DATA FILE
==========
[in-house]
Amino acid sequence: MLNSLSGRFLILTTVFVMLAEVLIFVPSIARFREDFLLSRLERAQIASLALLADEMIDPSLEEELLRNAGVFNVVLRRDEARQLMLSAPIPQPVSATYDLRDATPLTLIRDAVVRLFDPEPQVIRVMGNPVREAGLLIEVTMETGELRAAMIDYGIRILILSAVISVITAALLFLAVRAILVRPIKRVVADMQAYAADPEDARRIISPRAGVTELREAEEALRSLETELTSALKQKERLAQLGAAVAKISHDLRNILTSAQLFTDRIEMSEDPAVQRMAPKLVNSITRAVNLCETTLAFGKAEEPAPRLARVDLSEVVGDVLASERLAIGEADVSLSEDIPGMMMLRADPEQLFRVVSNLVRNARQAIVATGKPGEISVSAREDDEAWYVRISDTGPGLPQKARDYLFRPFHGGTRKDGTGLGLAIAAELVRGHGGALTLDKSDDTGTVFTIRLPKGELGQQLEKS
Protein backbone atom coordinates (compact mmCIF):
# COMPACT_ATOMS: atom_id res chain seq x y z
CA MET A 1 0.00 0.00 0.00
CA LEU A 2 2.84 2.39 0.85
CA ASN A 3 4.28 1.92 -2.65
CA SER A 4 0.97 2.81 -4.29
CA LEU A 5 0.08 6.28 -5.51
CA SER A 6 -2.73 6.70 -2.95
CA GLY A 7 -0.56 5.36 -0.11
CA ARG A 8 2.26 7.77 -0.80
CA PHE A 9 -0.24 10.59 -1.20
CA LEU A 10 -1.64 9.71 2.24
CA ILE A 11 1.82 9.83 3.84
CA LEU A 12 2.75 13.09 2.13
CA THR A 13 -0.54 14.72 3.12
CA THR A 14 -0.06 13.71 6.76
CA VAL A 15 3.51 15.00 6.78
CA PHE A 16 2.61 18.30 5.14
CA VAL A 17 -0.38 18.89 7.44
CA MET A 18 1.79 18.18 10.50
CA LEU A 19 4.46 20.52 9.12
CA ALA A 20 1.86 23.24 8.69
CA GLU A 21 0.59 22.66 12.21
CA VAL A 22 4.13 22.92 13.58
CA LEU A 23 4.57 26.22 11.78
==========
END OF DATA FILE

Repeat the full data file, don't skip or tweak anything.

[in-house]
Amino acid sequence: MLNSLSGRFLILTTVFVMLAEVLIFVPSIARFREDFLLSRLERAQIASLALLADEMIDPSLEEELLRNAGVFNVVLRRDEARQLMLSAPIPQPVSATYDLRDATPLTLIRDAVVRLFDPEPQVIRVMGNPVREAGLLIEVTMETGELRAAMIDYGIRILILSAVISVITAALLFLAVRAILVRPIKRVVADMQAYAADPEDARRIISPRAGVTELREAEEALRSLETELTSALKQKERLAQLGAAVAKISHDLRNILTSAQLFTDRIEMSEDPAVQRMAPKLVNSITRAVNLCETTLAFGKAEEPAPRLARVDLSEVVGDVLASERLAIGEADVSLSEDIPGMMMLRADPEQLFRVVSNLVRNARQAIVATGKPGEISVSAREDDEAWYVRISDTGPGLPQKARDYLFRPFHGGTRKDGTGLGLAIAAELVRGHGGALTLDKSDDTGTVFTIRLPKGELGQQLEKS
Protein backbone atom coordinates (compact mmCIF):
# COMPACT_ATOMS: atom_id res chain seq x y z
CA MET A 1 0.00 0.00 0.00
CA LEU A 2 2.84 2.39 0.85
CA ASN A 3 4.28 1.92 -2.65
CA SER A 4 0.97 2.81 -4.29
CA LEU A 5 0.08 6.28 -5.51
CA SER A 6 -2.73 6.70 -2.95
CA GLY A 7 -0.56 5.36 -0.11
CA ARG A 8 2.26 7.77 -0.80
CA PHE A 9 -0.24 10.59 -1.20
CA LEU A 10 -1.64 9.71 2.24
CA ILE A 11 1.82 9.83 3.84
CA LEU A 12 2.75 13.09 2.13
CA THR A 13 -0.54 14.72 3.12
CA THR A 14 -0.06 13.71 6.76
CA VAL A 15 3.51 15.00 6.78
CA PHE A 16 2.61 18.30 5.14
CA VAL A 17 -0.38 18.89 7.44
CA MET A 18 1.79 18.18 10.50
CA LEU A 19 4.46 20.52 9.12
CA ALA A 20 1.86 23.24 8.69
CA GLU A 21 0.59 22.66 12.21
CA VAL A 22 4.13 22.92 13.58
CA LEU A 23 4.57 26.22 11.78